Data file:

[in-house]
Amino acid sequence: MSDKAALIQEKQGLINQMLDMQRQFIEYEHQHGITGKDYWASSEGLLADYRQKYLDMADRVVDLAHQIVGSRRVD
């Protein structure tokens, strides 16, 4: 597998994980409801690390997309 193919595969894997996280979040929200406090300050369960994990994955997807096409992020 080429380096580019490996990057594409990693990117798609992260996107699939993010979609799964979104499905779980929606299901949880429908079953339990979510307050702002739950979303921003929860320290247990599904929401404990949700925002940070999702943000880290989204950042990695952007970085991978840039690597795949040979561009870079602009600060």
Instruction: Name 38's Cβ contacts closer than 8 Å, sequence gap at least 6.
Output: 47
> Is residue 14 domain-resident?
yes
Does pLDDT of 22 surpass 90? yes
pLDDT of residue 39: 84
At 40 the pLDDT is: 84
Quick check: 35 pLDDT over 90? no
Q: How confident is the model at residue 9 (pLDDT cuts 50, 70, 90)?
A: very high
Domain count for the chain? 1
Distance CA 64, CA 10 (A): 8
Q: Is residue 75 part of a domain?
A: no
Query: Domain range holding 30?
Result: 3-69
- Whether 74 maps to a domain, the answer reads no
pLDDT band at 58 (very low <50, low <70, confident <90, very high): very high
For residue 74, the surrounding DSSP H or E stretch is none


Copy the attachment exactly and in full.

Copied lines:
[in-house]
Amino acid sequence: MSDKAALIQEKQGLINQMLDMQRQFIEYEHQHGITGKDYWASSEGLLADYRQKYLDMADRVVDLAHQIVGSRRVD
């Protein structure tokens, strides 16, 4: 597998994980409801690390997309 193919595969894997996280979040929200406090300050369960994990994955997807096409992020 080429380096580019490996990057594409990693990117798609992260996107699939993010979609799964979104499905779980929606299901949880429908079953339990979510307050702002739950979303921003929860320290247990599904929401404990949700925002940070999702943000880290989204950042990695952007970085991978840039690597795949040979561009870079602009600060």
Instruction: Name 38's Cβ contacts closer than 8 Å, sequence gap at least 6.
Output: 47
> Is residue 14 domain-resident?
yes
Does pLDDT of 22 surpass 90? yes
pLDDT of residue 39: 84
At 40 the pLDDT is: 84
Quick check: 35 pLDDT over 90? no
Q: How confident is the model at residue 9 (pLDDT cuts 50, 70, 90)?
A: very high
Domain count for the chain? 1
Distance CA 64, CA 10 (A): 8
Q: Is residue 75 part of a domain?
A: no
Query: Domain range holding 30?
Result: 3-69
- Whether 74 maps to a domain, the answer reads no
pLDDT band at 58 (very low <50, low <70, confident <90, very high): very high
For residue 74, the surrounding DSSP H or E stretch is none